Farm Horizons, June 2016

Managing crop pests

By Dave Schwartz
Certified crop advisor, Gold Country Seed

Each year, it seems we get just the right weather conditions for a pest, insect, or disease, and the population of that pest explodes.

Last year, cooler, damp weather in July triggered white mold infection in soybeans. Hot, dry summers are ideal for spider mites that feed on many types of plants.

So, what can we expect for the 2016 growing season?

It all depends on weather. We have had a nearly ideal spring for planting, with very little soil compaction, so I would expect to see less phytopthora root rot in soybeans.

It seems like we have experienced less strong southerly winds this spring, so potato leafhoppers, which blow in from southern states, are less likely to be a problem in the first cutting of alfalfa.

Some weather forecasts are predicting a warm, dry August, so this may reduce the potential for diseases, but create a more favorable environment for spider mites in soybeans.

Scouting fields on a regular basis is a good management practice. This gives crop producers time to identify and monitor pests before they exceed economic thresholds.

Over the years, I have been called out on many crop pest problems, and oftentimes, the damage had already been done, so it was too late to justify any type of rescue treatment. Economic thresholds are based on sound research, so growers know how much crop damage can occur before action needs to be taken.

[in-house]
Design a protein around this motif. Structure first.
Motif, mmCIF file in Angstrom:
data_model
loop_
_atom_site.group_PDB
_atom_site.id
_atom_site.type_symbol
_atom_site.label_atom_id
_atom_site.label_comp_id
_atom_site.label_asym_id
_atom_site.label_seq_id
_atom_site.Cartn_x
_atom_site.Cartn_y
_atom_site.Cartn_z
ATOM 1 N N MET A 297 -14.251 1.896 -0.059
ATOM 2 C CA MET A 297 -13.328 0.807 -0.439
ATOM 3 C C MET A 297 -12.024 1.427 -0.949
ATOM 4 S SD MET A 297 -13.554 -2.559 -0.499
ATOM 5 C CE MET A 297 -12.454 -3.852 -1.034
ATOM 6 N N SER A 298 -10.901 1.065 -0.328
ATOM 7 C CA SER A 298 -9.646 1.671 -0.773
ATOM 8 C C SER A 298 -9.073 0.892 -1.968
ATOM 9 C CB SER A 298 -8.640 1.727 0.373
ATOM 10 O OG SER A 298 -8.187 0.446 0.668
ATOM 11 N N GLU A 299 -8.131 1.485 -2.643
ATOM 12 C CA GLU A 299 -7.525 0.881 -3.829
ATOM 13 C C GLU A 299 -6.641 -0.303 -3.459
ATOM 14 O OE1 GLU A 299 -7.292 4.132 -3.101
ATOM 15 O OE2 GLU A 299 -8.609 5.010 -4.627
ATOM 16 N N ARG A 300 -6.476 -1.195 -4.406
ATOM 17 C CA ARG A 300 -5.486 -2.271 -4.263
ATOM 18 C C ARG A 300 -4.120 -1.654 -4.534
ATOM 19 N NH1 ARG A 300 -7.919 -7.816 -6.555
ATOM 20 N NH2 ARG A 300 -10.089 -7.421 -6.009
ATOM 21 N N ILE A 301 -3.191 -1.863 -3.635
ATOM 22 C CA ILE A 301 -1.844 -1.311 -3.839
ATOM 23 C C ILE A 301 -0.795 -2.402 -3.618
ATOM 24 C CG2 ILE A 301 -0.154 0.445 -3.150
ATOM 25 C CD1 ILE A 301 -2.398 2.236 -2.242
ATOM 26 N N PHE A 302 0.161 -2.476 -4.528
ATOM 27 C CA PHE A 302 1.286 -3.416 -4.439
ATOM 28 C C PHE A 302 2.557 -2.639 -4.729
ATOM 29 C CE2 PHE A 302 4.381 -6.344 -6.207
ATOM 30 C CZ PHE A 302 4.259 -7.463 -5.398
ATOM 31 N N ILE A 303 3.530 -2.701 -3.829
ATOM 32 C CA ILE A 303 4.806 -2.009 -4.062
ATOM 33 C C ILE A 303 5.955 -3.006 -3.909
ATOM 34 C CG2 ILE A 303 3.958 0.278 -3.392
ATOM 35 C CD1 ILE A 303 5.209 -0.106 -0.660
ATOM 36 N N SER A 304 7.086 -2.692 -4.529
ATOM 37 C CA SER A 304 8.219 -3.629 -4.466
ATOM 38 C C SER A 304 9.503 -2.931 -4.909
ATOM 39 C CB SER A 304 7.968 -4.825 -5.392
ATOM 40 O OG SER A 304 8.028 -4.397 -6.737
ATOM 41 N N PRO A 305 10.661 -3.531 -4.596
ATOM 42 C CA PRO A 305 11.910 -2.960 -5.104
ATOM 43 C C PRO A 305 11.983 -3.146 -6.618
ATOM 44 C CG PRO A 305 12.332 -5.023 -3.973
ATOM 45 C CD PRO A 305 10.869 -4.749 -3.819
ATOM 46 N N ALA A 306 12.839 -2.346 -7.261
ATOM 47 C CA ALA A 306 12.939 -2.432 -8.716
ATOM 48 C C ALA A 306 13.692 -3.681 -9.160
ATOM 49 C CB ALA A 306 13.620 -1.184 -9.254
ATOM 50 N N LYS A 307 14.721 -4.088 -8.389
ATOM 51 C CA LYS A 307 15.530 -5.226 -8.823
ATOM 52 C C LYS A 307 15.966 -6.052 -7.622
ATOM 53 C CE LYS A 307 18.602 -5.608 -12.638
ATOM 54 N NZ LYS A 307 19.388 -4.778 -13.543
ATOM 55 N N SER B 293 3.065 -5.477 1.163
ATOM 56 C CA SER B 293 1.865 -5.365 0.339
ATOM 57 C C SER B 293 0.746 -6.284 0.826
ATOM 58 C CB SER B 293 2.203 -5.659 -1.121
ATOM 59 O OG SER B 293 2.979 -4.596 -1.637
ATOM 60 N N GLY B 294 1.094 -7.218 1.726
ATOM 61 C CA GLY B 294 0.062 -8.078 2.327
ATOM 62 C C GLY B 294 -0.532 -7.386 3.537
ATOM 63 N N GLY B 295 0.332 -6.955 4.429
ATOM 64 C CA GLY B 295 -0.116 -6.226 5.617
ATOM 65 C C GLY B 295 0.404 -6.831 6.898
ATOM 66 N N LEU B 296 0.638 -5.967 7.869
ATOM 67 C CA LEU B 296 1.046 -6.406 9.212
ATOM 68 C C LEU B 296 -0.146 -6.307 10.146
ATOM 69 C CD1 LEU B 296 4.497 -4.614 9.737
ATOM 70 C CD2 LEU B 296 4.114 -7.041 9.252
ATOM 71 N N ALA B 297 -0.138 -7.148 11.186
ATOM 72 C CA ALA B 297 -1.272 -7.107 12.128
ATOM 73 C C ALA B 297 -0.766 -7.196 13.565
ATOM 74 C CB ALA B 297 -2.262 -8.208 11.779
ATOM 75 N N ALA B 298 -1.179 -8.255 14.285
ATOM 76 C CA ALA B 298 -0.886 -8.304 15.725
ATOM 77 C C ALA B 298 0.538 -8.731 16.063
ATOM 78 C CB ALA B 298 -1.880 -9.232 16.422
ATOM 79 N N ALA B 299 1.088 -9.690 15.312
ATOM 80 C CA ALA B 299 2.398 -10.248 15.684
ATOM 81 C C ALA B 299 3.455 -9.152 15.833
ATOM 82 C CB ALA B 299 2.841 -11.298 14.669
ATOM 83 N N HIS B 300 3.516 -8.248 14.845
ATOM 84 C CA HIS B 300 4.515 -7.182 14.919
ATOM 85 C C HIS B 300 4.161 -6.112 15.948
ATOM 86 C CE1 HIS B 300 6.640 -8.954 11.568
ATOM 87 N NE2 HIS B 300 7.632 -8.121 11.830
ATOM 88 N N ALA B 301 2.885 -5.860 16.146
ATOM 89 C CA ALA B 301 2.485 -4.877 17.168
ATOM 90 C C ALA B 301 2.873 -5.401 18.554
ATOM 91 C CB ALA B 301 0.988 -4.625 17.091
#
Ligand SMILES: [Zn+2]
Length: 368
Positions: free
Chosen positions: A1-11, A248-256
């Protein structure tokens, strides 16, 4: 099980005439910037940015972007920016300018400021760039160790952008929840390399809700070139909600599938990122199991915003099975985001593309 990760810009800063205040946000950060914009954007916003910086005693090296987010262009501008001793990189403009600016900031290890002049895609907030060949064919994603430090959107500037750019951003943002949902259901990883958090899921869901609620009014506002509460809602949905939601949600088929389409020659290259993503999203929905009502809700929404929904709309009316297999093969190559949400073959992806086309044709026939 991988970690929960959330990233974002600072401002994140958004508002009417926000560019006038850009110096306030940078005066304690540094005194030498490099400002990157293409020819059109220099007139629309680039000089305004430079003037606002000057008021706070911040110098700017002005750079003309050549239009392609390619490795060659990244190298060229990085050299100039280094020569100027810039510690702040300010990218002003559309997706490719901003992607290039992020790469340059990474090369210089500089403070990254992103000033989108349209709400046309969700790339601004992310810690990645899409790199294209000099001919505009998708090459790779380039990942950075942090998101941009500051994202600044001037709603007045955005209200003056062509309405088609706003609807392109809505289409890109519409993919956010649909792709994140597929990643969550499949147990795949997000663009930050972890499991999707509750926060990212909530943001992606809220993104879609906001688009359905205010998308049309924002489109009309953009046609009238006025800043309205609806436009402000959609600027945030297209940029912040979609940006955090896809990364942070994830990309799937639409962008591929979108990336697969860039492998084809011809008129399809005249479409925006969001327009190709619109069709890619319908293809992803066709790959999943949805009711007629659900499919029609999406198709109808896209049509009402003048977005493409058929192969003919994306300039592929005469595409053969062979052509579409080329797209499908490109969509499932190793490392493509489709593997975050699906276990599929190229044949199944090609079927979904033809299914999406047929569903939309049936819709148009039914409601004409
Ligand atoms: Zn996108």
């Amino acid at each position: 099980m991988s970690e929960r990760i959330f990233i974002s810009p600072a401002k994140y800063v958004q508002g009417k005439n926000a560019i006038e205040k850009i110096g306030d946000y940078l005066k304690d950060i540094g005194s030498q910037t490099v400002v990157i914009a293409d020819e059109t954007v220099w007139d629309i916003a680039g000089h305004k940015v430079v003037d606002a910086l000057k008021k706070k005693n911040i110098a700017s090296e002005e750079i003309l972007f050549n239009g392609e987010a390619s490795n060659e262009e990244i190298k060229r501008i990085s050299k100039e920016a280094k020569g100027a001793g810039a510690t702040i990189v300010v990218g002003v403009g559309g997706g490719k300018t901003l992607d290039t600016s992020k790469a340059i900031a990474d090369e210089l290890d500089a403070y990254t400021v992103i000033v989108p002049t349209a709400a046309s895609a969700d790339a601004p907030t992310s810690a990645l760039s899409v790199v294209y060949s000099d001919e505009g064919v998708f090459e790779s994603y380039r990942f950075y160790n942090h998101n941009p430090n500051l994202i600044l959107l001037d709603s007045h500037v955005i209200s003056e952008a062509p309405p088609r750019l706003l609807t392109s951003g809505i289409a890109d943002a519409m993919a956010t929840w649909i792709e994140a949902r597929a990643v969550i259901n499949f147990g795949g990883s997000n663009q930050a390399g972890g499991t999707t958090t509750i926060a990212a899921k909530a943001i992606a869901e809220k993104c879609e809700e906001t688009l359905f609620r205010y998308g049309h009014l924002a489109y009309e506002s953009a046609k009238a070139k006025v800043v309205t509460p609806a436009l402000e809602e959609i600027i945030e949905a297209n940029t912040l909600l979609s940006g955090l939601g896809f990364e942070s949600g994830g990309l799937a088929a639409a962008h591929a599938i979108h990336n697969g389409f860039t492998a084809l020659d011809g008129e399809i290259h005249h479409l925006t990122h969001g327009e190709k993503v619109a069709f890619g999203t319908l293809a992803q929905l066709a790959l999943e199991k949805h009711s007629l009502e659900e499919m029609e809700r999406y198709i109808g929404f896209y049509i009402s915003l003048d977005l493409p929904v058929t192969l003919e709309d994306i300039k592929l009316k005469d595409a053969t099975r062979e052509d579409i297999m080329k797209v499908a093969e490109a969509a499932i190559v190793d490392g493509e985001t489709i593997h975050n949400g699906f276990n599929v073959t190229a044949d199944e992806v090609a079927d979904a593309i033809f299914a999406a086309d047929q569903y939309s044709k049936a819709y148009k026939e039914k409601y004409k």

A couple of diseases to watch for on continuous corn acres are Goss’s Wilt and Northern Leaf Blight. Goss’s Wilt was first identified in the state five to 10 years ago in western Minnesota in a corn field under irrigation. Since then, it has spread across the state all the way into northwest Minnesota. It does not survive well in corn/soybean rotations, so is nearly always found in continuous corn.

I’ve noticed more northern leaf blight the past two years. The fungus produces cigar-shaped lesions on lower leaves of plants. It’s a good idea to rotate out of corn when either of these diseases is identified.

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